The History of Science department unveiled a revamped sophomore tutorial this semester featuring virtual interviews, student-driven lectures, and a chance for students to engage in independent research.
Designed and taught by History of Science professor and department chair Anne Harrington, the class aims to challenge students by blurring the line between learning and teaching.
Harrington’s project was funded by a grant from the Harvard Initiative for Learning and Teaching. Founded in 2011 by a $40 million gift from Rita E. and Gustave M. Hauser, the Initiative provides resources for faculty such as Harrington looking to develop new ways of pedagogy.
To offer a more engaging and innovative learning experience, Harrington’s sophomore tutorial features original videotaped interviews as part of the weekly course material.
The department hired six junior concentrators to conduct interviews with experts on the topics discussed in class, according to Daniel Z. Wilson ’14, one of the students chosen for the job.
“I think readings, especially in the humanities and in the social sciences, can feel sort of anonymous,” Wilson said.
“It’s hard to put faces to the names and really have a feel for what it’s like for a scholar to do his work.”
According to Nathan Greenslit, a teaching assistant in social studies who oversees the logistics of the interviewing process, the recordings will become a permanent component of the tutorial in future years.
Greenslit said that history of science scholars have responded enthusiastically to the project.
“Behind the theory or scholarship is a human being who is really excited by the material,” Greenslit said.
In addition to the multimedia component, Harrington’s new tutorial divides the traditional lecture into sections and plenaries—sessions that consist of presentations led by student groups and discussions facilitated by Harrington.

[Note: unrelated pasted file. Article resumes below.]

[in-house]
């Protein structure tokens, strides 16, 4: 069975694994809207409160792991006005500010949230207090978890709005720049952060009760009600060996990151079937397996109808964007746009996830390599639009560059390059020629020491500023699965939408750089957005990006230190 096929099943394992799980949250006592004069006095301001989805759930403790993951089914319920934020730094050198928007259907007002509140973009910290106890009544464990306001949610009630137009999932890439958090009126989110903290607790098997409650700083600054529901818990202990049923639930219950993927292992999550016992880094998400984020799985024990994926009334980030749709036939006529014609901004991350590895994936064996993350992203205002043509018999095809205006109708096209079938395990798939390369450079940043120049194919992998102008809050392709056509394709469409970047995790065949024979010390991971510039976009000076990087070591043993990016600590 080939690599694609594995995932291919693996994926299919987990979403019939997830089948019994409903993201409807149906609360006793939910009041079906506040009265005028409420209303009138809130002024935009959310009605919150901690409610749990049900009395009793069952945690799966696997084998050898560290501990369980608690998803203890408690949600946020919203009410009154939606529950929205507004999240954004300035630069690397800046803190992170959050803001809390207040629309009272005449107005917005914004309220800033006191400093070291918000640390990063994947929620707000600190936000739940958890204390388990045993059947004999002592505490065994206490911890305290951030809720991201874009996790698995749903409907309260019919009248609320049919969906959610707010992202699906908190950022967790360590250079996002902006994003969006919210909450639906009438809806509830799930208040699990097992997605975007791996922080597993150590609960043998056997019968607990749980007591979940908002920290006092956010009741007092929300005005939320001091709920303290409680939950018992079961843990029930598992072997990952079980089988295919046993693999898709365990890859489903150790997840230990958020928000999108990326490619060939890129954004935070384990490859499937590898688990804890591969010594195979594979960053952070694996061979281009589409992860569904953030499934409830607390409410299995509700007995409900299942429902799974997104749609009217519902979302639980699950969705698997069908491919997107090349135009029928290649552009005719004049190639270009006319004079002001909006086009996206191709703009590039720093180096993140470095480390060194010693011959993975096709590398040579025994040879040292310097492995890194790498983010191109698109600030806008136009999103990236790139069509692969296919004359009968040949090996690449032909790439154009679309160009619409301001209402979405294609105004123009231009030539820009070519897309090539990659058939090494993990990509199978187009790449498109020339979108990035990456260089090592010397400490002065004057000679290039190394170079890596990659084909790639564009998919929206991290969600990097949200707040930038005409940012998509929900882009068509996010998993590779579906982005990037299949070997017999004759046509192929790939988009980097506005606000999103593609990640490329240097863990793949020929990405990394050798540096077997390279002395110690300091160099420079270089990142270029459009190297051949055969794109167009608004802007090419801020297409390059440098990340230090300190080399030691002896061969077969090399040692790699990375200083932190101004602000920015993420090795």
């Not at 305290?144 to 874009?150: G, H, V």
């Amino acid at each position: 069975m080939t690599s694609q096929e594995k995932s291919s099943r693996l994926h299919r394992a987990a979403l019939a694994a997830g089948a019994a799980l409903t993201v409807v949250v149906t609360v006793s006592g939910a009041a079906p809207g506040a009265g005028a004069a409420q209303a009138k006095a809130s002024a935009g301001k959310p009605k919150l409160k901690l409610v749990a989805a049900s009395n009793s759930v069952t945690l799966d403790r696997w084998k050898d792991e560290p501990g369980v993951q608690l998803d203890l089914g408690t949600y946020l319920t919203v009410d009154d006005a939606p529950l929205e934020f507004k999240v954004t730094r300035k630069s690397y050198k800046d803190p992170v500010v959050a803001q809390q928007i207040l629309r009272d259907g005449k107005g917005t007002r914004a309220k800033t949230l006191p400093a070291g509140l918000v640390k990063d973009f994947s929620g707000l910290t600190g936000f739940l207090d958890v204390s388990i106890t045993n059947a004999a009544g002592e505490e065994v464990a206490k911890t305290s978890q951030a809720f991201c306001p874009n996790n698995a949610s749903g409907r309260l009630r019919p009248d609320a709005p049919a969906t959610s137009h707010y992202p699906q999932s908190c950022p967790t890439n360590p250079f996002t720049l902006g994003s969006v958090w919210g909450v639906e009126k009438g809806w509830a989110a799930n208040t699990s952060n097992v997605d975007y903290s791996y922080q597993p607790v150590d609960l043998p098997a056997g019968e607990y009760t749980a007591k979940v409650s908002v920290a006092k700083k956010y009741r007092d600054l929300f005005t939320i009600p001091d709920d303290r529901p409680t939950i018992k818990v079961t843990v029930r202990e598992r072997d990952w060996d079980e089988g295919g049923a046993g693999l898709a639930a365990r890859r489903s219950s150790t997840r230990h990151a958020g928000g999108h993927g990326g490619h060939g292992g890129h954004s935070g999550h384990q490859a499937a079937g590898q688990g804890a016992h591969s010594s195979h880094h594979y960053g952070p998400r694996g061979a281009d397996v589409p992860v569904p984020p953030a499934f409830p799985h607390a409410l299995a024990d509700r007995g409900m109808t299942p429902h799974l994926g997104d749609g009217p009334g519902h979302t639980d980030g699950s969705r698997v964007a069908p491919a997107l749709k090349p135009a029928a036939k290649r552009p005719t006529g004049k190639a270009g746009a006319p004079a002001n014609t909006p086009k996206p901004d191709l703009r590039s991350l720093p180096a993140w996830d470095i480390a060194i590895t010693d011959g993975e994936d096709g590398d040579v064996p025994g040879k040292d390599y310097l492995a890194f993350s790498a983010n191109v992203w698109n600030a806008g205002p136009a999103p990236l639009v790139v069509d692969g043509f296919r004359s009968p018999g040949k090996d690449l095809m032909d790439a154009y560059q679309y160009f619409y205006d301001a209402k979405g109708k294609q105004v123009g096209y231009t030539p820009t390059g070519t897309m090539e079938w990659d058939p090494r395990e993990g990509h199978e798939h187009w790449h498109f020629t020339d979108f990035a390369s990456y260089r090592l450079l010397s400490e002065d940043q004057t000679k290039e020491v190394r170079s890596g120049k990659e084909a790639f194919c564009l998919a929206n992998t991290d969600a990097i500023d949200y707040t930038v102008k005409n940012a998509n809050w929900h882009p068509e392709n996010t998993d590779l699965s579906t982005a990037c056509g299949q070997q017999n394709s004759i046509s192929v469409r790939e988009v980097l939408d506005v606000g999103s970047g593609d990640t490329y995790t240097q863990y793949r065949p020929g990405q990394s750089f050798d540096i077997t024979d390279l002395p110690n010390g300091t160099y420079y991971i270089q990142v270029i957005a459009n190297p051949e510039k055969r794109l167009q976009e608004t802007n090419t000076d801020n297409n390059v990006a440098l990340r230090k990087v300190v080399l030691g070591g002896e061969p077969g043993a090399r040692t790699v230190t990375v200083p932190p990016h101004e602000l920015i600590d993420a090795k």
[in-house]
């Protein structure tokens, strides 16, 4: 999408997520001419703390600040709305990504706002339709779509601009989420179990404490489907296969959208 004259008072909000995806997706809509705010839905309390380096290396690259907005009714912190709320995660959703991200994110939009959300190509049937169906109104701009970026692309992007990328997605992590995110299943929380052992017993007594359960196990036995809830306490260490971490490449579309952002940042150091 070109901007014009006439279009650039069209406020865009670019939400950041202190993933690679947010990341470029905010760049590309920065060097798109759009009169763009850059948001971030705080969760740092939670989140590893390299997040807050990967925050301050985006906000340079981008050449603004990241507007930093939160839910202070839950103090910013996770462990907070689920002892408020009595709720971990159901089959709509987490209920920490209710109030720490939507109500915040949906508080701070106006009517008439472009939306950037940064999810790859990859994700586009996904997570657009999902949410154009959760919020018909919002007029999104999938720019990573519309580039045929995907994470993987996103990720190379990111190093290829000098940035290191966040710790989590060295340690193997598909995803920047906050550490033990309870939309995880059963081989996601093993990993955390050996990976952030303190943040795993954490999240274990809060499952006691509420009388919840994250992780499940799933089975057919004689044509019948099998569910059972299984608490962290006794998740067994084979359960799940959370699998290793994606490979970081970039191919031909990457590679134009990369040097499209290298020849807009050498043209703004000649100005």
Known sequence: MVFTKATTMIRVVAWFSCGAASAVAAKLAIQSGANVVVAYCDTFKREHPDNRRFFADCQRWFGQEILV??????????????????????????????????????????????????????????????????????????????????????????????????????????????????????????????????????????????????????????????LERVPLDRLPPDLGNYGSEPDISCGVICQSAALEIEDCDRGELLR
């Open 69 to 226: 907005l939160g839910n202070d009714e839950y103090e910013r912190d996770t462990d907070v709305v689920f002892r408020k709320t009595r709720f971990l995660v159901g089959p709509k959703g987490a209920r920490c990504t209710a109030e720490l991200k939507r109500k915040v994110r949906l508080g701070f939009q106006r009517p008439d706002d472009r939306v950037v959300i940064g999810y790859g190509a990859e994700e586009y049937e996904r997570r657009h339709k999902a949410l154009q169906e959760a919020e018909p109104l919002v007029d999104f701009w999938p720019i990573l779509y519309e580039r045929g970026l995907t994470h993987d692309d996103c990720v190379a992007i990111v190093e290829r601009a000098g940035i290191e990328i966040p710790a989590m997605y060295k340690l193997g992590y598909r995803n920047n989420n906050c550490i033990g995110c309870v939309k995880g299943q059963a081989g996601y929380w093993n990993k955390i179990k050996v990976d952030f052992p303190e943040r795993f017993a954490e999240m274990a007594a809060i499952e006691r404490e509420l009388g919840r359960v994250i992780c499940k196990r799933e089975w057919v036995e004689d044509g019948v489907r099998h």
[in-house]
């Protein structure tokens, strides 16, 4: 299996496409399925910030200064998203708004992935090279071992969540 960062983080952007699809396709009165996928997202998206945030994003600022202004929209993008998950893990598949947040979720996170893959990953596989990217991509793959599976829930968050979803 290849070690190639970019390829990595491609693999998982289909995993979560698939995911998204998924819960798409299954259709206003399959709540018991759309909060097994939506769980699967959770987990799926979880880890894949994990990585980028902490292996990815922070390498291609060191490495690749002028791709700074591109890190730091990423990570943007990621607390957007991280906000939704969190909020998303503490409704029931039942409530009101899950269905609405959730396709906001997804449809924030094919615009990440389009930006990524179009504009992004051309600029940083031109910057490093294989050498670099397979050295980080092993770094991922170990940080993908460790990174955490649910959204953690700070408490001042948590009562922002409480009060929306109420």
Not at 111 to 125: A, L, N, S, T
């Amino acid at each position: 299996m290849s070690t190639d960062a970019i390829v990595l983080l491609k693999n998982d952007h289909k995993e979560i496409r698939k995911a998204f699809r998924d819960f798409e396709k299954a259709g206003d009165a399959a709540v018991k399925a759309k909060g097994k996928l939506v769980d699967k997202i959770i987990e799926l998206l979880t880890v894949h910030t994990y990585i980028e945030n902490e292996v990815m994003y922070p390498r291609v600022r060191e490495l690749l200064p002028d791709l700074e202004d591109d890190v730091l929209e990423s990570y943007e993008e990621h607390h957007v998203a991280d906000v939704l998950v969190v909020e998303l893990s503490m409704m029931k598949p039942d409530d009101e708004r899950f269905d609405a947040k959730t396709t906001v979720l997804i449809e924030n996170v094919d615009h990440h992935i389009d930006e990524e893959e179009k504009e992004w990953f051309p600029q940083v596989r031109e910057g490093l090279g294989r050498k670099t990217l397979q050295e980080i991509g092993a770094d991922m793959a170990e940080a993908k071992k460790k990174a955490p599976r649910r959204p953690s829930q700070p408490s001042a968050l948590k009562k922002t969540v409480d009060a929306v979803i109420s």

“I’m not expecting people to be teachers, I’m not expecting them to do my job,” Harrington said. “I’m inviting them to take ownership of their materials.”
Finally, after the course concludes, students will have the opportunity to go on a two-week trip to conduct independent research through a grant program.
“We envision it as an opportunity for sophomores to have the kind of experience that [is] normally reserved for juniors and seniors—which is to say, research,” said Christopher J. Phillips, a history of science lecturer who oversees the program with Harrington.
Although the program is currently only funded for this year, Phillips and Harrington say they want the experience to become a permanent part of the tutorial.
“Our hope is that this will become a model across the social sciences—that concentrations and programs can use it to really show how sophomores can be involved in an in-depth research project even in that early stage,” Phillips said.
Enrollee Edwin L. Whitman ’15 put it another way: “[This model] should be replicated because it’s very much in line with what the college learning experience is about.”
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—Staff writer John P. Finnegan can be reached at firstname.lastname@example.org. Follow him on Twitter @finneganspake.
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